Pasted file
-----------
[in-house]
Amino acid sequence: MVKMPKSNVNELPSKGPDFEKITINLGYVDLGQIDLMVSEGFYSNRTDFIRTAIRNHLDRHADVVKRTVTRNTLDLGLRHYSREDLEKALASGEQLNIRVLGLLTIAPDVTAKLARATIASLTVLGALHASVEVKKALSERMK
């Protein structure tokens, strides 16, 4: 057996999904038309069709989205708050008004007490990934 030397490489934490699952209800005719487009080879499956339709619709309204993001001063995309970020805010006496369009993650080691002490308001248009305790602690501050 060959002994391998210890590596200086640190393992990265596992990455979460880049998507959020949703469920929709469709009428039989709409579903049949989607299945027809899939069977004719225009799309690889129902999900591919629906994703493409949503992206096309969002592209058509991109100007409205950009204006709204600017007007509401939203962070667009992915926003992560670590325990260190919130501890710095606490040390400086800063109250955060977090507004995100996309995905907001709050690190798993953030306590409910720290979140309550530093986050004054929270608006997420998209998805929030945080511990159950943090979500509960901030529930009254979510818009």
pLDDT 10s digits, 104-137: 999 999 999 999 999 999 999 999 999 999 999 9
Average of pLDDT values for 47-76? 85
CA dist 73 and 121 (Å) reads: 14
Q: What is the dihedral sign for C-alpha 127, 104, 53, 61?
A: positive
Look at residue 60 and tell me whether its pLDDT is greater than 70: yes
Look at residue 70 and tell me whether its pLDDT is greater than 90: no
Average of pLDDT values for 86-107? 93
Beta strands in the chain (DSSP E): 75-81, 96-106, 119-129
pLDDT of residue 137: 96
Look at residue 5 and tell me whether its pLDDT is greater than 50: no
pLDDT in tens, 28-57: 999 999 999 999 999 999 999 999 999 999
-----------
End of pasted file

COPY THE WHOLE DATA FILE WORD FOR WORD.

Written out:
[in-house]
Amino acid sequence: MVKMPKSNVNELPSKGPDFEKITINLGYVDLGQIDLMVSEGFYSNRTDFIRTAIRNHLDRHADVVKRTVTRNTLDLGLRHYSREDLEKALASGEQLNIRVLGLLTIAPDVTAKLARATIASLTVLGALHASVEVKKALSERMK
């Protein structure tokens, strides 16, 4: 057996999904038309069709989205708050008004007490990934 030397490489934490699952209800005719487009080879499956339709619709309204993001001063995309970020805010006496369009993650080691002490308001248009305790602690501050 060959002994391998210890590596200086640190393992990265596992990455979460880049998507959020949703469920929709469709009428039989709409579903049949989607299945027809899939069977004719225009799309690889129902999900591919629906994703493409949503992206096309969002592209058509991109100007409205950009204006709204600017007007509401939203962070667009992915926003992560670590325990260190919130501890710095606490040390400086800063109250955060977090507004995100996309995905907001709050690190798993953030306590409910720290979140309550530093986050004054929270608006997420998209998805929030945080511990159950943090979500509960901030529930009254979510818009």
pLDDT 10s digits, 104-137: 999 999 999 999 999 999 999 999 999 999 999 9
Average of pLDDT values for 47-76? 85
CA dist 73 and 121 (Å) reads: 14
Q: What is the dihedral sign for C-alpha 127, 104, 53, 61?
A: positive
Look at residue 60 and tell me whether its pLDDT is greater than 70: yes
Look at residue 70 and tell me whether its pLDDT is greater than 90: no
Average of pLDDT values for 86-107? 93
Beta strands in the chain (DSSP E): 75-81, 96-106, 119-129
pLDDT of residue 137: 96
Look at residue 5 and tell me whether its pLDDT is greater than 50: no
pLDDT in tens, 28-57: 999 999 999 999 999 999 999 999 999 999